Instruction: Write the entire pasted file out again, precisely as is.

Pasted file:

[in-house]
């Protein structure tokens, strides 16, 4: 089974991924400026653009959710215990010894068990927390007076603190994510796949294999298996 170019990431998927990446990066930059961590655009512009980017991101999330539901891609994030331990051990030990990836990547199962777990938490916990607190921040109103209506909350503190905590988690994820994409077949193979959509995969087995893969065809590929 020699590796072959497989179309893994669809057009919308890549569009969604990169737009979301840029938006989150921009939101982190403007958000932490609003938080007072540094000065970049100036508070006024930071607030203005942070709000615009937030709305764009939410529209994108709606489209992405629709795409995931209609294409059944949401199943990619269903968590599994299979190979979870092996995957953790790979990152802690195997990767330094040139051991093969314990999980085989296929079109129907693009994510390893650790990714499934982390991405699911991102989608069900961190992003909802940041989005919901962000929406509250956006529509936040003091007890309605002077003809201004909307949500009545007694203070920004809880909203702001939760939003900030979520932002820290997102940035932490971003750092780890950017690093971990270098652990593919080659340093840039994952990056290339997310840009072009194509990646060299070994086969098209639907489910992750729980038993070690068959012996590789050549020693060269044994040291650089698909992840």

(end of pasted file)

[in-house]
């Protein structure tokens, strides 16, 4: 089974991924400026653009959710215990010894068990927390007076603190994510796949294999298996 170019990431998927990446990066930059961590655009512009980017991101999330539901891609994030331990051990030990990836990547199962777990938490916990607190921040109103209506909350503190905590988690994820994409077949193979959509995969087995893969065809590929 020699590796072959497989179309893994669809057009919308890549569009969604990169737009979301840029938006989150921009939101982190403007958000932490609003938080007072540094000065970049100036508070006024930071607030203005942070709000615009937030709305764009939410529209994108709606489209992405629709795409995931209609294409059944949401199943990619269903968590599994299979190979979870092996995957953790790979990152802690195997990767330094040139051991093969314990999980085989296929079109129907693009994510390893650790990714499934982390991405699911991102989608069900961190992003909802940041989005919901962000929406509250956006529509936040003091007890309605002077003809201004909307949500009545007694203070920004809880909203702001939760939003900030979520932002820290997102940035932490971003750092780890950017690093971990270098652990593919080659340093840039994952990056290339997310840009072009194509990646060299070994086969098209639907489910992750729980038993070690068959012996590789050549020693060269044994040291650089698909992840």